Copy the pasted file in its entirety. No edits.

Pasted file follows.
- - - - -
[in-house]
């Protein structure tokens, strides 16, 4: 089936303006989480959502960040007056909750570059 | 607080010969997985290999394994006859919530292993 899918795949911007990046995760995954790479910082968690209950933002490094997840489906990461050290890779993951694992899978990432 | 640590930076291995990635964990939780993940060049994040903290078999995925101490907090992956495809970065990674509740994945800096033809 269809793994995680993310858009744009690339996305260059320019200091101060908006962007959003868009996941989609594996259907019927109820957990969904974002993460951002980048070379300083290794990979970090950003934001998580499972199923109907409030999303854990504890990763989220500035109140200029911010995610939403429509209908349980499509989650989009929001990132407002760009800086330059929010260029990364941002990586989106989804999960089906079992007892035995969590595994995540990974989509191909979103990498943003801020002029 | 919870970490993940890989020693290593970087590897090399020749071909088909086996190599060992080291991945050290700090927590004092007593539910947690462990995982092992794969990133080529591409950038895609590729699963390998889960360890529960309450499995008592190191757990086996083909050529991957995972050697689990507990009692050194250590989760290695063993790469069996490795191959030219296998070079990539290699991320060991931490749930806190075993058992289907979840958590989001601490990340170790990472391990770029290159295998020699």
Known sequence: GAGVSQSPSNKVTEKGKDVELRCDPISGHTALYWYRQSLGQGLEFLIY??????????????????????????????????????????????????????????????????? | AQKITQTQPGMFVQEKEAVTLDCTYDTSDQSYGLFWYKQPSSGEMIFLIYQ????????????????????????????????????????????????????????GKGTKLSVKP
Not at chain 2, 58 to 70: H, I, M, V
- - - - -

[in-house]
């Protein structure tokens, strides 16, 4: 089936303006989480959502960040007056909750570059 | 607080010969997985290999394994006859919530292993 899918795949911007990046995760995954790479910082968690209950933002490094997840489906990461050290890779993951694992899978990432 | 640590930076291995990635964990939780993940060049994040903290078999995925101490907090992956495809970065990674509740994945800096033809 269809793994995680993310858009744009690339996305260059320019200091101060908006962007959003868009996941989609594996259907019927109820957990969904974002993460951002980048070379300083290794990979970090950003934001998580499972199923109907409030999303854990504890990763989220500035109140200029911010995610939403429509209908349980499509989650989009929001990132407002760009800086330059929010260029990364941002990586989106989804999960089906079992007892035995969590595994995540990974989509191909979103990498943003801020002029 | 919870970490993940890989020693290593970087590897090399020749071909088909086996190599060992080291991945050290700090927590004092007593539910947690462990995982092992794969990133080529591409950038895609590729699963390998889960360890529960309450499995008592190191757990086996083909050529991957995972050697689990507990009692050194250590989760290695063993790469069996490795191959030219296998070079990539290699991320060991931490749930806190075993058992289907979840958590989001601490990340170790990472391990770029290159295998020699």
Known sequence: GAGVSQSPSNKVTEKGKDVELRCDPISGHTALYWYRQSLGQGLEFLIY??????????????????????????????????????????????????????????????????? | AQKITQTQPGMFVQEKEAVTLDCTYDTSDQSYGLFWYKQPSSGEMIFLIYQ????????????????????????????????????????????????????????GKGTKLSVKP
Not at chain 2, 58 to 70: H, I, M, V